The dock also allows you to access a few more keyboard configurations including the U.S. Extended keyboard (hello ŵ,ḍ,ă,ş). And here's how:

Keyboard Setup

Basic Setup/Virtual Keyboard

  1. On your iPad, click the Settings icon.
  2. In the left column, click General.
  3. Click Keyboard on the right, then International Keyboards in the next window. A list of activated keyboards opens.
  4. Click Add New Keyboard to see all the options. Click on a language name to add it.

  5. Exit Settings.
  6. When you launch the international keyboard in an app, you should see a globe icon similar to the one below. Click on it to open a list of available keyboards and select an appropriate one.
    globe icon

Instructions with images are available from PadGadget.

Options for Keyboard Dock

If you want to activate the U.S. Extended, U.S. International option (PC), Dvorak, other extended option, do the following:

  1. Plug in the iPad into the dock (you can now type in Safari, Mail, Pages).

  2. Follow steps #1-3 above to see a list of activated keyboards.
  3. Click English to see layout options. The second Hardware Keyboard Layout includes options such as Dvorak, U.S. International-PC and U.S. Extended.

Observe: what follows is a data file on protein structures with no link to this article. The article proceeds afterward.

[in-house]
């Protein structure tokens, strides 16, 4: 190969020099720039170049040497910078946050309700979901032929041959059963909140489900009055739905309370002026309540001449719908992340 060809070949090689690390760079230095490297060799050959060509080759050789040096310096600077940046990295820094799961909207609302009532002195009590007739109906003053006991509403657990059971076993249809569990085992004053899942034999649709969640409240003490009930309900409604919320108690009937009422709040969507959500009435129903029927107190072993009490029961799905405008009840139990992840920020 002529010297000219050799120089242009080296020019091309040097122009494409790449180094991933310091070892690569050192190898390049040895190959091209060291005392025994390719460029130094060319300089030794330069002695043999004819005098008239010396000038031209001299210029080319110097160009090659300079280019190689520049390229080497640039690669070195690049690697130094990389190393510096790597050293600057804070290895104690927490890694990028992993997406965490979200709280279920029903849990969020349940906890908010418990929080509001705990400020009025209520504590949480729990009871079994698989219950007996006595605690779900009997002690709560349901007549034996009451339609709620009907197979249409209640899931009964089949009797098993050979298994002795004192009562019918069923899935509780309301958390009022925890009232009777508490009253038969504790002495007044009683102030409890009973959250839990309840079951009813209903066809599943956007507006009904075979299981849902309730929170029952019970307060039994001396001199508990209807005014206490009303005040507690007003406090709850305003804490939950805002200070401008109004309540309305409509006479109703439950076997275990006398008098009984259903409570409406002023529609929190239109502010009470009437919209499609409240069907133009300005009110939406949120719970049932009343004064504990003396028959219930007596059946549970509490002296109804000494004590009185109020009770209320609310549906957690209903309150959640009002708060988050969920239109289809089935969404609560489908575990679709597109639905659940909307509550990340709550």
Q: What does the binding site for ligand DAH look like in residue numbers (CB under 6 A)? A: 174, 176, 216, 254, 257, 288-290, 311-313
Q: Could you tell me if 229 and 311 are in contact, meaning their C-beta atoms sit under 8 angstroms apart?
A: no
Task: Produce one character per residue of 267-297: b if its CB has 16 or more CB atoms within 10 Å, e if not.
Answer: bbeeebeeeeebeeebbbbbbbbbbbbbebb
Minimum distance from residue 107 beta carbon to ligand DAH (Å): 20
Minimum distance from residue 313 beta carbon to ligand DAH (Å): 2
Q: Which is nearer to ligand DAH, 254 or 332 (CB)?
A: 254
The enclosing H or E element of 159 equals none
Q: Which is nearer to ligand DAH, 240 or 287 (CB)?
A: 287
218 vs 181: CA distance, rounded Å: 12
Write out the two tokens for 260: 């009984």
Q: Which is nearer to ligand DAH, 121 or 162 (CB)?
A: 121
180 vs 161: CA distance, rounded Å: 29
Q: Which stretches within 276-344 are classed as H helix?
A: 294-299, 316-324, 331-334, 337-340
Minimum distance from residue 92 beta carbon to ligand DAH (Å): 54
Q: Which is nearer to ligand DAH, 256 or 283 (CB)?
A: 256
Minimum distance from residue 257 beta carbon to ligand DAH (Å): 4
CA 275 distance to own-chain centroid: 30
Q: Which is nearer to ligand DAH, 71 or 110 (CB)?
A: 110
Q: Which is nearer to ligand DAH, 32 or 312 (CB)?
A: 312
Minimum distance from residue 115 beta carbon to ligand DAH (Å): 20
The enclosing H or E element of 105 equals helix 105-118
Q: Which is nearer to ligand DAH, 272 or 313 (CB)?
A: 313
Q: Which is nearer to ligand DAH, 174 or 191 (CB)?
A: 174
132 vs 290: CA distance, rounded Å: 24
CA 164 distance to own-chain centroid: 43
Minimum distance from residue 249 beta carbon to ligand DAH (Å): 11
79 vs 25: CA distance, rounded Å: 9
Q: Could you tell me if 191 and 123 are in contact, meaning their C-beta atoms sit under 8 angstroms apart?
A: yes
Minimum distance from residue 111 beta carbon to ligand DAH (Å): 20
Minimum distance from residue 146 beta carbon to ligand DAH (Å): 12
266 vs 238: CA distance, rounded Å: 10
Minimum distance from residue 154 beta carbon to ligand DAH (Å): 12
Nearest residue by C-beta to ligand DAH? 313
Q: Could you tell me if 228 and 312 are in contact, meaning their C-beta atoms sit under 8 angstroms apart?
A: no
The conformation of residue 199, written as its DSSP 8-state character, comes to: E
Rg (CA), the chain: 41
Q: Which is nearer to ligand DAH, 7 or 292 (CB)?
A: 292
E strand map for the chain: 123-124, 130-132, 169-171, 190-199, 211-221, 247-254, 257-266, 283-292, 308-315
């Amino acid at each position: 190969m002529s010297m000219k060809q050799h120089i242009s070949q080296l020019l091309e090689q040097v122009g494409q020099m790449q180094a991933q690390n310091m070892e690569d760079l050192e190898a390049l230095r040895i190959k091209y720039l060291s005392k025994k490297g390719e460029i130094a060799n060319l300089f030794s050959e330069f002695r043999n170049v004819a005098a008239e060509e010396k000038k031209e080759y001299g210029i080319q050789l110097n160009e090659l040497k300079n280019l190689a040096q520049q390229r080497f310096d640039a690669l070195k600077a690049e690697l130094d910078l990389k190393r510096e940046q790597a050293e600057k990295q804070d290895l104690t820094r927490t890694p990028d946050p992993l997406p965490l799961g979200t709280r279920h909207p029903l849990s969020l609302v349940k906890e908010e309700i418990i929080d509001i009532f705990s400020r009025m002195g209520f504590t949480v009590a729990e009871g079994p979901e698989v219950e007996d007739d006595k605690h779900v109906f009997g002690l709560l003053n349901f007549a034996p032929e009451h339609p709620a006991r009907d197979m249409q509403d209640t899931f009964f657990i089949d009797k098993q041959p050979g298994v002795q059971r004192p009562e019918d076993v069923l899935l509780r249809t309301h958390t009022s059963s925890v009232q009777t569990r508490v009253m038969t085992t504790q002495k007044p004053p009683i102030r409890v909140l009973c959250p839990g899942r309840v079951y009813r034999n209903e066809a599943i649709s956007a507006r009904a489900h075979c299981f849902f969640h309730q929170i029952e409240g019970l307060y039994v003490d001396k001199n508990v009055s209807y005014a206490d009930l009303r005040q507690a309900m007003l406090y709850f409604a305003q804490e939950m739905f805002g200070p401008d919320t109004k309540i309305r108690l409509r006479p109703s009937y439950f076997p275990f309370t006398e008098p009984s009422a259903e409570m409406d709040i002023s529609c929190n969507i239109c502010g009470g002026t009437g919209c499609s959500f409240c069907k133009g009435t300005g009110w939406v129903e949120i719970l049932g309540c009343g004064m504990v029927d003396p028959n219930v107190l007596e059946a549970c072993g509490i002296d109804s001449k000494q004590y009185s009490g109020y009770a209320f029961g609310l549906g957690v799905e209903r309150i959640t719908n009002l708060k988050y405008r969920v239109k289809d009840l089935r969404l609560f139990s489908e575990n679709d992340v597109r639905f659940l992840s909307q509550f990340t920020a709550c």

4. Exit Settings.

Depending on which layout you select, you have access to different/additional option codes. You can also activate a Phonetic (i.e. QWERTY) layout for Russian which is also handy.

That does take care of a lot of my needs, but not all of them by any means. I still need to enter phonetic symbols and math symbols. I would like either a character palette, or even better, a way to build and upload additional keyboard files, like you can in OS X. I'd also like to be able to safely install new fonts, and I know I'm not the only one.


About The Blog

I am a Penn State technology specialist with a degree in linguistics and have maintained the Penn State Computing with Accents page since 2000.

See Elizabeth Pyatt's Homepage (ejp10@psu.edu) for a profile.


The standard commenting utility has been disabled due to hungry spam. If you have a comment, please feel free to drop me a line at (ejp10@psu.edu).